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Experimentation is an essential part of creativity – Kelechi

Kelechi Orode Chukwueke is a multi-disciplinary artist with skills in painting, drawing, sculpting, woodwork and metalwork. In this interview with Daily Trust on Sunday, Kelechi…

Kelechi Orode Chukwueke is a multi-disciplinary artist with skills in painting, drawing, sculpting, woodwork and metalwork. In this interview with Daily Trust on Sunday, Kelechi shares her experiences, inspirations and aspirations as a multi-talented artist.

What initially sparked your interest in visual arts, and how did you begin your journey as an artist?

I have always been drawn to visual arts. From a young age, I was interested in drawing and leaving my mark. Like most young children, I made a lot of drawings, and did a lot of coloring, and had a natural artistic talent. My dad is an architect, and often made sketches of design ideas at home. I believe this was my first real exposure to art and design. My parents really pushed me to develop my skills. I remember my mum and I had a meeting with my high school principal to discuss how my curriculum could be geared towards me taking more art classes because of my interests. This was such a blessing, and definitely put me on the right track for my future.

Can you describe your artistic style and the themes or subjects that inspire your work across various mediums?

My artistic style is contemporary with elements of impressionism. I draw inspiration for my art from my surroundings, experiences, and everyday human interactions and try to create my own sort universe with my art. I have a fascination with the relatability of the intimate moments that connect us – across different cultures, backgrounds, age, gender etc. There are situations we face in our lives that can feel isolating, and at times overwhelming. Through my paintings, I am able to portray how universal these moments truly are, and how interconnected our lives can be. My hope is that people are able to see themselves in my work and draw strength from it. I also draw inspiration from my design background. This helps a lot with composition and the structuring of my pieces in order to convey stories and meaning. It also helps me to create a good flow, sense of balance and movement in my art.

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How do you approach the creative process differently when working with drawing vs sculpting?

Regardless of the medium, I always start with sketches and gathering references. I find that it is important for me to identify visual references, or even narrative references, before executing a project. This helps me to refine my ideas to a certain point and resolve any identifiable issues. Even if I deviate from my initial idea, it gives me a sense of direction. The major difference between my 2D work and 3D work is that with 3D projects, I try to resolve as many details as possible by sketching before commencing on execution. Otherwise, my process is pretty much the same, hours and days or creating, following by breaks and times for reflection, then back to creating.

What materials do you find most captivating to work with, and how do you choose which medium to use for a particular project?

I currently work a lot with acrylic paint, oil pastels and charcoal. But I find that I am quite captivated with mixed media art, and would love to explore that more. I want to be able to play with different materials and textures within my pieces to create a unique feel. Certain projects call for a mix of materials, and I find that experimentation has been very useful to me when it comes to choosing mediums. If I get to a certain point with a piece, and get the sense that the desired impact has not been achieved, I try to switch up the colors, textures or materials used until I get my desired look and feel.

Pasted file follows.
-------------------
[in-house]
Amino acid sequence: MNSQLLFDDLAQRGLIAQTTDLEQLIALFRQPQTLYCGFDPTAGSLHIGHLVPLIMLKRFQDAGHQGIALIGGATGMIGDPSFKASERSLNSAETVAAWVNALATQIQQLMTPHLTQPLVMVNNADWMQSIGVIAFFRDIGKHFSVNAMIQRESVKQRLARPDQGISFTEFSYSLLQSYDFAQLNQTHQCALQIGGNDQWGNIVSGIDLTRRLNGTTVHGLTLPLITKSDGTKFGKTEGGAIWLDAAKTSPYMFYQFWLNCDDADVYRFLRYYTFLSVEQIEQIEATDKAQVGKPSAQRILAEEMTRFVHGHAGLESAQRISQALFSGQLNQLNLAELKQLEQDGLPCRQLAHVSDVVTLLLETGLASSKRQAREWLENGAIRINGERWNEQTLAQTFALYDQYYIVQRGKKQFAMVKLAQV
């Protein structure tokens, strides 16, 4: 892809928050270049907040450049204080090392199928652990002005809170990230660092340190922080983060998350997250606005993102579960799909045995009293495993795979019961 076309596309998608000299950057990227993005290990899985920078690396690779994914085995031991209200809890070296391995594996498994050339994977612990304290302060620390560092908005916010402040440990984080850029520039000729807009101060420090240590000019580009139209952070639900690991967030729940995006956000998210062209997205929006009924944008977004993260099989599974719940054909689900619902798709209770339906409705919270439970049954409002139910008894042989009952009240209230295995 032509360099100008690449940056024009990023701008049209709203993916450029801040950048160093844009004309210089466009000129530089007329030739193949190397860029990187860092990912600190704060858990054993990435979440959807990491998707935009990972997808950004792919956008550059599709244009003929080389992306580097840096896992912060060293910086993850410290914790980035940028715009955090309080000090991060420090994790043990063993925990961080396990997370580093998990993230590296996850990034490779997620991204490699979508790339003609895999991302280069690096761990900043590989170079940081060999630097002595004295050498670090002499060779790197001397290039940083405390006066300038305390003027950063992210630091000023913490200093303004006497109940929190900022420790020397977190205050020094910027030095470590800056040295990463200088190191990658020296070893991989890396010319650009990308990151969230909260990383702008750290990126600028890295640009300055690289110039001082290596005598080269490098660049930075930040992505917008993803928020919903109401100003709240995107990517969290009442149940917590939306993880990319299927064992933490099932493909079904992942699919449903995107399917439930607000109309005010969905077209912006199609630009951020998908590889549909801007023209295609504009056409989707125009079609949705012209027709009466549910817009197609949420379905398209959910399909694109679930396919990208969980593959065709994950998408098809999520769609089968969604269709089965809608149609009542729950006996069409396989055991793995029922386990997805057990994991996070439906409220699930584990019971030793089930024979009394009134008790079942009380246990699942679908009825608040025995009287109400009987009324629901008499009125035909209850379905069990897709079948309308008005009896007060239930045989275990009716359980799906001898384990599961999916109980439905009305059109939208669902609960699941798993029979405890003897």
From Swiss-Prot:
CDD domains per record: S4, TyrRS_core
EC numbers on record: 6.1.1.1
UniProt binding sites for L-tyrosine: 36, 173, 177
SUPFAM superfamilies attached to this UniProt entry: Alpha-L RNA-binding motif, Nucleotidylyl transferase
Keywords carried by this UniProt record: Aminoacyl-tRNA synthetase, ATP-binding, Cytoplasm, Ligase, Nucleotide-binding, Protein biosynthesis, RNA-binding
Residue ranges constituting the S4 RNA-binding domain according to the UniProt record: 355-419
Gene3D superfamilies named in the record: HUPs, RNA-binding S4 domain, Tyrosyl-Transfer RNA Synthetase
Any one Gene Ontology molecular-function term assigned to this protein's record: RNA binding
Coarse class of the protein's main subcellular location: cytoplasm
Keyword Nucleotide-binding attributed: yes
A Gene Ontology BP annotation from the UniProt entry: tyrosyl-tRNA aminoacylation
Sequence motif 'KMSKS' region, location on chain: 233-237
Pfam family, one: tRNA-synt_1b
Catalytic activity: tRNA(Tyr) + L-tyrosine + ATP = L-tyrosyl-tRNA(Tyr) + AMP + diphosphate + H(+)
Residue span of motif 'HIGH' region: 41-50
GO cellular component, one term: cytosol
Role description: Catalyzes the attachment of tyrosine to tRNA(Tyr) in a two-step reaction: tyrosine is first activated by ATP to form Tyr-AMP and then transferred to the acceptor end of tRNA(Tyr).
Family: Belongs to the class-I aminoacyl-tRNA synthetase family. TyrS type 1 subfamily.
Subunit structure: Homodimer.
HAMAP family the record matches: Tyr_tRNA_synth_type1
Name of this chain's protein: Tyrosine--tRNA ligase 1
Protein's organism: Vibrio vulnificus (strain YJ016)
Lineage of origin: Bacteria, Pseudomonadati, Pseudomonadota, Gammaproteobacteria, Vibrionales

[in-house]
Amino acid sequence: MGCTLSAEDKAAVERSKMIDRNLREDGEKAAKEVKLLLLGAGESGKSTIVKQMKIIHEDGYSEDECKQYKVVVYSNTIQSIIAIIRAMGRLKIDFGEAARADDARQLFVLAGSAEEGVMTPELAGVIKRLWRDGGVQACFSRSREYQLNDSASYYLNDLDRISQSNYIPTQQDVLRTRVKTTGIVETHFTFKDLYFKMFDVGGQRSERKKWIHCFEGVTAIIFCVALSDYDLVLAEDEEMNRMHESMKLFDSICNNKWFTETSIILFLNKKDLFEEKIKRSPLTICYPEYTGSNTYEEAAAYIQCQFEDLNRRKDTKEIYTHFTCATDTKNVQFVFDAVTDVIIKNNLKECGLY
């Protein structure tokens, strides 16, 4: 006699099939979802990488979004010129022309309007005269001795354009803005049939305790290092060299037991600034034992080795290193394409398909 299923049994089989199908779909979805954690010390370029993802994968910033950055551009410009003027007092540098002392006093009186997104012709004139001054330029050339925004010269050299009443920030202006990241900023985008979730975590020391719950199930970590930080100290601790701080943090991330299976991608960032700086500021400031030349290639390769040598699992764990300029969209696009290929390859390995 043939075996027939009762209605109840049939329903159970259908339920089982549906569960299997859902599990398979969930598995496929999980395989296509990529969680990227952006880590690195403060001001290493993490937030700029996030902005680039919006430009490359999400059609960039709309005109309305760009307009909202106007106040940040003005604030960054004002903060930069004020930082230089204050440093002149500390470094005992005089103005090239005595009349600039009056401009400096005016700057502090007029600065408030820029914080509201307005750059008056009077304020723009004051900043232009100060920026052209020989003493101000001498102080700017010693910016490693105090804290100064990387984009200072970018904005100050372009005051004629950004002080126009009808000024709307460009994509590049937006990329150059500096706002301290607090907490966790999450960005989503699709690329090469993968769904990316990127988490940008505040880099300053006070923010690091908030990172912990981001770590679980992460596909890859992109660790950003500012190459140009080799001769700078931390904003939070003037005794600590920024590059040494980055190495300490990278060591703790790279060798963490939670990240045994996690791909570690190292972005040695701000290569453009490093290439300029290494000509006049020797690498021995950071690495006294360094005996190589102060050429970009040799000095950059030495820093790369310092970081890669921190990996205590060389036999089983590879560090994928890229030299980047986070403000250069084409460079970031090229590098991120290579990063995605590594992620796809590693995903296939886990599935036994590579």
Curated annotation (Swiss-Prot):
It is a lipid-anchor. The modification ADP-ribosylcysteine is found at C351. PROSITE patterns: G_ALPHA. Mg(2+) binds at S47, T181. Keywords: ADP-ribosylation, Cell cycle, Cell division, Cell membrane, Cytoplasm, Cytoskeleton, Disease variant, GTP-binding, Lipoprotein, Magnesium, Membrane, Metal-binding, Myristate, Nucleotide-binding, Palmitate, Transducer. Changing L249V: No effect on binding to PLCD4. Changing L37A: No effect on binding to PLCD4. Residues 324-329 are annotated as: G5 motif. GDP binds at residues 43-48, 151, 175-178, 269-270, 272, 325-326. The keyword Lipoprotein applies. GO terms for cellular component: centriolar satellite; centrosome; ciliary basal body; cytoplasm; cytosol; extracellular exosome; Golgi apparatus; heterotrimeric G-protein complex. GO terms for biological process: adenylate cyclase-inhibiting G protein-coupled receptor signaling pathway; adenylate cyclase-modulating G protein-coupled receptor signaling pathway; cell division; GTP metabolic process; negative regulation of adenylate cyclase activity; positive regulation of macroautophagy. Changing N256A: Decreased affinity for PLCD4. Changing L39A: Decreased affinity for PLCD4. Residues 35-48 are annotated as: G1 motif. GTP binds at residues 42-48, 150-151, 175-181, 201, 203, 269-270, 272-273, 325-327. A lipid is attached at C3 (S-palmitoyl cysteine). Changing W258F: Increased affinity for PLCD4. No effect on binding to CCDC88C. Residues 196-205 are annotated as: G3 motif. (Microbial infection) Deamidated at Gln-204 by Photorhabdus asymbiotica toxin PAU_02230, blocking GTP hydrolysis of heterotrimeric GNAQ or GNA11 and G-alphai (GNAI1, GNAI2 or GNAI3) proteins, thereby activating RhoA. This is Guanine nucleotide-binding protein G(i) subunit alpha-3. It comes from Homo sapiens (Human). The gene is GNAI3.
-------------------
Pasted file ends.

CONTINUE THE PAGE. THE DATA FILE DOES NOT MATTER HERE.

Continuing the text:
Can you share a memorable experience or project that challenged you as an artist and pushed the boundaries of your skills?

In the process of creating for my first ever artistic collection and solo exhibition, titled Dear Dandelion, I ran into some challenges with a new medium and technique. I planned to create an immersive experience including paintings, furniture, set design, etc. Though I was able to execute on majority of my plans, I found it challenging bringing the full vision to life. I took on textile/pattern design for the furniture on display, and this process was quite difficult with the resources available to me. Post conceptualizing, the fabric dying process was physically intense, and a lot more tedious than I expected. It took weeks of research and development, and several attempts to actually get the local dyes to take to the fabric. Each stamping session took approximately 6 to 7 hours of hands on work, and the dye kept washing out. It was demoralizing at times, but I was able to draw on my experience working with acrylic paint to get to a good solution. This is something I would love to keep learning, as I enjoyed the process of making a pattern, and the finished product was quite beautiful.

How do you balance experimentation and innovation with staying true to your artistic vision?

I find experimentation to be an essential part of creativity. From 2017 to 2020, I did a lot of experimentation with style and trying to find my unique voice using digital illustration as my medium. Now that I have gained some more experiences and honed in on my visual language, my experimentation tends to be more focused on technique and less on style. This has helped me to keep growing while maintaining my artistic vision.

Do you have any specific rituals or routines that you follow to get into a creative mindset before starting a new piece?

My current routine really involves getting my space set up! I do most of my creative work in my bedroom, and once I start, with painting for instance, I completely lose track of time. So, I try to set up all my materials and resources within reach, cover/protect my floors and surrounding furniture, then I get myself something to drink, whether water or tea, and some snacks. To top it all off, I either have a favorite television series, music, or a podcast playing in the background. This creates a comfortable zone for my mind to work. The time goes by very quickly, so I just try to make sure everything I need is within reach for the next few hours.